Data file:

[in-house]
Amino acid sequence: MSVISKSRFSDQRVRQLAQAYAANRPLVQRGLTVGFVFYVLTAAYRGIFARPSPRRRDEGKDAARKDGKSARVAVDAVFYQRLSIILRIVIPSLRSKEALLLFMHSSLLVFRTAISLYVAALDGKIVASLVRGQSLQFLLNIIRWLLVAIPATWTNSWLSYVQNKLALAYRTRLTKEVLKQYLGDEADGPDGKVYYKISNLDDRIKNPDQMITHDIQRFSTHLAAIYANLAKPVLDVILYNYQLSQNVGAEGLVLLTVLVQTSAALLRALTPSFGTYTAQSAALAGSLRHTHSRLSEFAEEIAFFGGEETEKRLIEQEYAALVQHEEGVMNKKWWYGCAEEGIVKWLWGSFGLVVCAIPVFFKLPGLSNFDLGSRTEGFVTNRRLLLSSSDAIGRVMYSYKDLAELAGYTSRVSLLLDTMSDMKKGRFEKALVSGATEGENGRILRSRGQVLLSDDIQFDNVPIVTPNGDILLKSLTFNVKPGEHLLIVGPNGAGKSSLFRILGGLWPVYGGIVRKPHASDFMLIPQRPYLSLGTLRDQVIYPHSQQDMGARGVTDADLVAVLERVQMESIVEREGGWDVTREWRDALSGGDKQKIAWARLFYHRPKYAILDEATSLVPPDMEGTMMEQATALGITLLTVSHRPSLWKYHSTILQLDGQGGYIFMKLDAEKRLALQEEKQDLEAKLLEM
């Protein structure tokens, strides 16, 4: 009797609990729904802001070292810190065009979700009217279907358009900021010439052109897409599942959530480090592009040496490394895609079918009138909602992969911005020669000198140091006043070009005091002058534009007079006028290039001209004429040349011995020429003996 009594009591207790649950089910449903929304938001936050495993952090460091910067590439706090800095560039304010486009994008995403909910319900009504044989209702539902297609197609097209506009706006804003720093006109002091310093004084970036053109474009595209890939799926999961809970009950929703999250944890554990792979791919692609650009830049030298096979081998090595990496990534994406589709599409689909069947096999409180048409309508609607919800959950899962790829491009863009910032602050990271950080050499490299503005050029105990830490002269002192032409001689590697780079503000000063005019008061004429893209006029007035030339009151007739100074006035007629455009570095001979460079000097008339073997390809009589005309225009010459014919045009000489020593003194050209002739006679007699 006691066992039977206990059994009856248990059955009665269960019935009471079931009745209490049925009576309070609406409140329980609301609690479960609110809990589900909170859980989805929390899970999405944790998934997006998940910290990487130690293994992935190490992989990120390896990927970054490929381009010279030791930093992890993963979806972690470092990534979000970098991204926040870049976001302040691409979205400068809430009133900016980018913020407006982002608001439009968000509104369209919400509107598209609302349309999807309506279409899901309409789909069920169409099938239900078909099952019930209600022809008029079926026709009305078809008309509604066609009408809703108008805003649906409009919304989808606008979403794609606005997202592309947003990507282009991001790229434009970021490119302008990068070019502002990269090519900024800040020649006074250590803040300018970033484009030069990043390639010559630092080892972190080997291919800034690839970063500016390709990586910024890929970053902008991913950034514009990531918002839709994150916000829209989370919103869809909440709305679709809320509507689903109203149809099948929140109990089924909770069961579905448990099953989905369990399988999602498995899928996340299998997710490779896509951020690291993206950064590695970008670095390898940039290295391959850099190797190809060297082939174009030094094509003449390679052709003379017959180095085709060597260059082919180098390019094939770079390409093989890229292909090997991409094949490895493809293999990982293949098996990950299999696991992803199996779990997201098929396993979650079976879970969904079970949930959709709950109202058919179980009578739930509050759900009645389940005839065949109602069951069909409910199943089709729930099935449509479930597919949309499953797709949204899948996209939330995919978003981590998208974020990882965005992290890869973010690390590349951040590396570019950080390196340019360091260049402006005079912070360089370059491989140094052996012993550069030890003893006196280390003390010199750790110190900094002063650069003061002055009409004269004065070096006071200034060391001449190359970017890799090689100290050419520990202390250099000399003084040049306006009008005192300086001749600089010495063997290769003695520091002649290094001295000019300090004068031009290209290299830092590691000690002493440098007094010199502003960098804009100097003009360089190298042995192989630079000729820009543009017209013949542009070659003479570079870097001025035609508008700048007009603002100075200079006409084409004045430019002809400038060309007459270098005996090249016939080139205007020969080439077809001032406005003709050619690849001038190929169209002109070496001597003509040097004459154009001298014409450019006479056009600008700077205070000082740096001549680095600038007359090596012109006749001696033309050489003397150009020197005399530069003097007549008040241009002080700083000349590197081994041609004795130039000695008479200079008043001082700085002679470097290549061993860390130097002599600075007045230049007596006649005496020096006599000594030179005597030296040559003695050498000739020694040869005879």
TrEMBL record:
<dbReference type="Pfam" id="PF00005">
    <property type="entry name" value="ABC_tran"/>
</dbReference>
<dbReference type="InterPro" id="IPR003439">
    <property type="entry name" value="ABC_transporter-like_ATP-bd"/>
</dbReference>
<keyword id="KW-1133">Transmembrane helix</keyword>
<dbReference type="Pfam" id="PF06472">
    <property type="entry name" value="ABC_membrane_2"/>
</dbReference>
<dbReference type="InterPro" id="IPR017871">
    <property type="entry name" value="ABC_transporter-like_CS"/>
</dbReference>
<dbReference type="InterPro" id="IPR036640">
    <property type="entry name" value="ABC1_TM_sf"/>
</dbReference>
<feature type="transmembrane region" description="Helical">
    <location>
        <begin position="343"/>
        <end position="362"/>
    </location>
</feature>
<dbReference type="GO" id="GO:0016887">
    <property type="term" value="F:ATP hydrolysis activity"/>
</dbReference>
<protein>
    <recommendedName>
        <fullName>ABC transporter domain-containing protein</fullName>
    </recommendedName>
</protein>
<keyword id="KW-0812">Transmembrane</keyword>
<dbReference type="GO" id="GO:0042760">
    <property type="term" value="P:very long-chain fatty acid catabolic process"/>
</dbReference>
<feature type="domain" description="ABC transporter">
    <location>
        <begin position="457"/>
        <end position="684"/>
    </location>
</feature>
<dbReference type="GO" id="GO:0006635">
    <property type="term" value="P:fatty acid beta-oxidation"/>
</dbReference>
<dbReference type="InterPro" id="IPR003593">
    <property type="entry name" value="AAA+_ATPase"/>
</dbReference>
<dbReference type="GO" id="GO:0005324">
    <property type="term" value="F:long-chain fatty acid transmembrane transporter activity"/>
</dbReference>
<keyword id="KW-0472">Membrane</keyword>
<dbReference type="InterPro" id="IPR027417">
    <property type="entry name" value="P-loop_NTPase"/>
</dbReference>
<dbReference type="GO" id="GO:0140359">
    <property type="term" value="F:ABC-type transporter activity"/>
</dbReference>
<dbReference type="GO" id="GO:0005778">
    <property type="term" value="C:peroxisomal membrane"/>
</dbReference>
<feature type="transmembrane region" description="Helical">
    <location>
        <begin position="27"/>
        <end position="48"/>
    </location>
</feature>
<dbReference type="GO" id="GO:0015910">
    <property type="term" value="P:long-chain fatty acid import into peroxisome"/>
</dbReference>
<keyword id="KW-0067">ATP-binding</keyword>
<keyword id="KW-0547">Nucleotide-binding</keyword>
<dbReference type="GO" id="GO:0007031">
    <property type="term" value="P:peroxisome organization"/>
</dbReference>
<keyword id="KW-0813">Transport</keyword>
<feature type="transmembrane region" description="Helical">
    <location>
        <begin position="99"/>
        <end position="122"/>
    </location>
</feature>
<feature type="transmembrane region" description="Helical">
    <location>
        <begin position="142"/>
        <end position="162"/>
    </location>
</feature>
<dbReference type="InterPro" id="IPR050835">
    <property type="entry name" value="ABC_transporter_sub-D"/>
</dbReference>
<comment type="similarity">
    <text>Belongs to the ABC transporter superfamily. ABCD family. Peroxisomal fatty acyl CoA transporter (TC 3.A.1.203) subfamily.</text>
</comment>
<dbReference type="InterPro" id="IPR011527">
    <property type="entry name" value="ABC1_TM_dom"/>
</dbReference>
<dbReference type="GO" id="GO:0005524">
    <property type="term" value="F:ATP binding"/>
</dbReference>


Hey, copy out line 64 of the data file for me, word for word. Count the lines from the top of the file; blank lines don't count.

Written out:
<feature type="transmembrane region" description="Helical">